The San Diego County Board of Supervisors approved an ordinance to address temporary agritourism community events.
Because the changes amended the county’s code of regulatory ordinances as well as the county’s Zoning Ordinance two readings were required. The supervisors’ 4-0 vote Jan. 29, with Kristin Gaspar not present at the time of the vote, approved the first reading and introduction of the ordinance amendments to define and allow for temporary agritourism community events while a 5-0 vote February 12 approved the second reading and adoption. The action also included permit fee waivers.
In March 2017 the Board of Supervisors approved the county’s Agriculture Promotion Program which allows commercial accessory uses on properties where agriculture is the primary use. In May 2018 the Board of Supervisors directed the county’s Chief Administrative Officer (CAO) to explore options to ease the ability of local small-scale businesses to provide food and goods at community-based events on agriculture-producing properties, to add to the county’s legislative program support for state legislative efforts to reduce or ease regulations for local small-scale businesses seeking to provide food or goods at community-based events on agricultural property and/or direct marketing of agricultural products, and to return to the Board of Supervisors within 120 days. The options the CAO was to explore included a permit fee waiver program, a pilot program, and revisions to the Agriculture Promotion Program including Zoning Ordinance revisions.
Five different county departments worked on the options. The Department of Agriculture, Weights and Measures has regulatory and permitting authority for certified farmers’ markets and certified agriculture producers. The Department of Environmental Health (DEH) has regulatory and permitting authority for food operations. The Department of Planning and Development Services has expertise in county code and zoning. The Sheriff’s Department has a Licensing Division which licenses vendors. County Counsel reviewed the proposed options for conformance with the California Retail Food Code, county code, the Zoning Ordinance, and current business practices.
The options were grouped into four categories: allowing food or goods vendors at community events on agriculture-producing land, expanding opportunities for commercial agriculture operations to build small agriculture stores, holding certified farmers’ markets on agriculture-producing land, and providing incentives to encourage food truck participation at agricultural tourism events. Each potential option included a summary of what changes would be needed for implementation, the anticipated level of environmental review, the estimated cost for environmental review and for permit fee waiver pilot programs, and the anticipated timeframe for the implementation to occur.
The four options provided for food and goods vendors consisted of limiting events to one temporary food facility vendor, allowing for multiple food vendors without limitations to the number of food vendors, allowing for food and goods vendors with a requirement that at least 51 percent of the sales be agriculture-related, and allowing multiple food or goods vendors without limits. In November 2018 the supervisors chose the option of multiple food and goods vendors with a majority of sales being agriculture-related. That action adopted two recommendations involving permit fee waivers for pilot programs and sent the other recommendations to county staff for development and environmental review.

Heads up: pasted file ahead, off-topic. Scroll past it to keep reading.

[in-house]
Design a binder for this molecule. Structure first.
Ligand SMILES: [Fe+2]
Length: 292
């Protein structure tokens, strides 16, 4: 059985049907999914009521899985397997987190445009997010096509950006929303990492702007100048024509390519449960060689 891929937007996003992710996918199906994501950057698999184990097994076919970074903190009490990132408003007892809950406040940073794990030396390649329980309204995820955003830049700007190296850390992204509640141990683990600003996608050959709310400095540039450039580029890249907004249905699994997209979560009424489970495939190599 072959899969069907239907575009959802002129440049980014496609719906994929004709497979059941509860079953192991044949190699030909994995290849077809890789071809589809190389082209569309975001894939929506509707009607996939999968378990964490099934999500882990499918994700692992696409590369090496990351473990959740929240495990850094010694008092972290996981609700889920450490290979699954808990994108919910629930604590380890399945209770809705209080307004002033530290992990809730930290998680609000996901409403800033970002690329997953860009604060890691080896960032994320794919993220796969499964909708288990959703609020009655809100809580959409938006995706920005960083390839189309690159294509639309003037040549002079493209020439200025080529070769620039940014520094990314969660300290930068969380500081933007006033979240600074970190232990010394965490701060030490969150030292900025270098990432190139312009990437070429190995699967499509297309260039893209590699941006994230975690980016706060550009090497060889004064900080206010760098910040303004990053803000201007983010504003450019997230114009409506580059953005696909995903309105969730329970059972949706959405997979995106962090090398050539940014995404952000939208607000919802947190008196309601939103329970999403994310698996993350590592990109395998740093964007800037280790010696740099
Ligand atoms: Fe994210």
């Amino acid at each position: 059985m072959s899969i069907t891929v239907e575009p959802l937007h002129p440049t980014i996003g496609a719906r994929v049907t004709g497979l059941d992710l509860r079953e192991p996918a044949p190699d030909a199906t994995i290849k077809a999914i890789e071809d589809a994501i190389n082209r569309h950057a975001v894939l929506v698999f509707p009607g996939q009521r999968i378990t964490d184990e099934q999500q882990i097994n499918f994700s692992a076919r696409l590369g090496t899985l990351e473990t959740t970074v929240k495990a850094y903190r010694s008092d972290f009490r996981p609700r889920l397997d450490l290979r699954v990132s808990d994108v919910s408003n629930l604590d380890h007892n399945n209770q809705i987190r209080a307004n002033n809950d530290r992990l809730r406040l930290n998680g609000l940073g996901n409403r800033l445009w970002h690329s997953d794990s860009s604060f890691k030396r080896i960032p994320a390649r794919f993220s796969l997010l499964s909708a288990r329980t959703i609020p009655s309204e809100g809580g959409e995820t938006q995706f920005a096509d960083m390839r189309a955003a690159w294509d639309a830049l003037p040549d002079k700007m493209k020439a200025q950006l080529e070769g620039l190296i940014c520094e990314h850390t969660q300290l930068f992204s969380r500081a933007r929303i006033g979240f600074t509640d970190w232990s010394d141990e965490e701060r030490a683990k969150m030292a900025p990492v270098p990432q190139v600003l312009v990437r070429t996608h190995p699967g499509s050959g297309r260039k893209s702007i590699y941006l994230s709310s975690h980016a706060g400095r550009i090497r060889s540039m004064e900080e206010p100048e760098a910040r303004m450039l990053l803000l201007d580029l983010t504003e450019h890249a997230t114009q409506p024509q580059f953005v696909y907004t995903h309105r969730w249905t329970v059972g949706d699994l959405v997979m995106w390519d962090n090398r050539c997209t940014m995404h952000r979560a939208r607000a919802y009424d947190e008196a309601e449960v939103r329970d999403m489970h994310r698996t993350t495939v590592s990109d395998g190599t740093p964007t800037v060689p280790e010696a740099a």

One permit fee waiver was for the Zoning Verification Permit for small agricultural stores. The other waiver provided for a rebate from the DEH permit fee for food trucks participating in at least four or more agritourism events at different locations during the previous year.
Under current state law and county code agriculture producers may host a vendor to sell locally-produced food through a temporary food facility permit which is administered by DEH under the California Retail Food Code. Food trucks are currently allowed at boutique wineries, small wineries, large breweries or distilleries, or agricultural production land associated with agricultural tourism. Certified farmers’ markets are allowed only on public property or commercially-zoned parcels. Temporary food facilities can operate for no more than 25 days of any 90-day period.
A Zoning Ordinance amendment was necessary to define and authorize agriculture tourism community events. The amendment limits events to 350 people, which is consistent with existing county code for Sheriff’s Department licensing of for-profit events, while also limiting the hours of operation, prohibiting outdoor amplified sound, and specifically excluding carnivals, swap meets, and weddings.
Agritourism activities are defined as an accessory agricultural use where the public visits a commercial agricultural operation for enjoyment, education, or active involvement in the agricultural activities. Such activities include customers picking their own agricultural products, tours, agricultural instruction or demonstrations, lectures or classes about agriculture-related topics, and participation in agricultural operations on the premises. The intent of those activities is to aid the economic viability of agriculture both by providing additional economic activity and by educating the general public about the importance of agriculture.
Small agricultural stores are separate from agritourism activities and were approved as part of the Agricultural Promotion Program. A Zoning Verification Permit was required although the revised ordinance eliminates that permit requirement.
The ordinance revisions also define temporary agritourism community events and provide criteria for commercial agricultural operations to include for-profit sales during agritourism activities.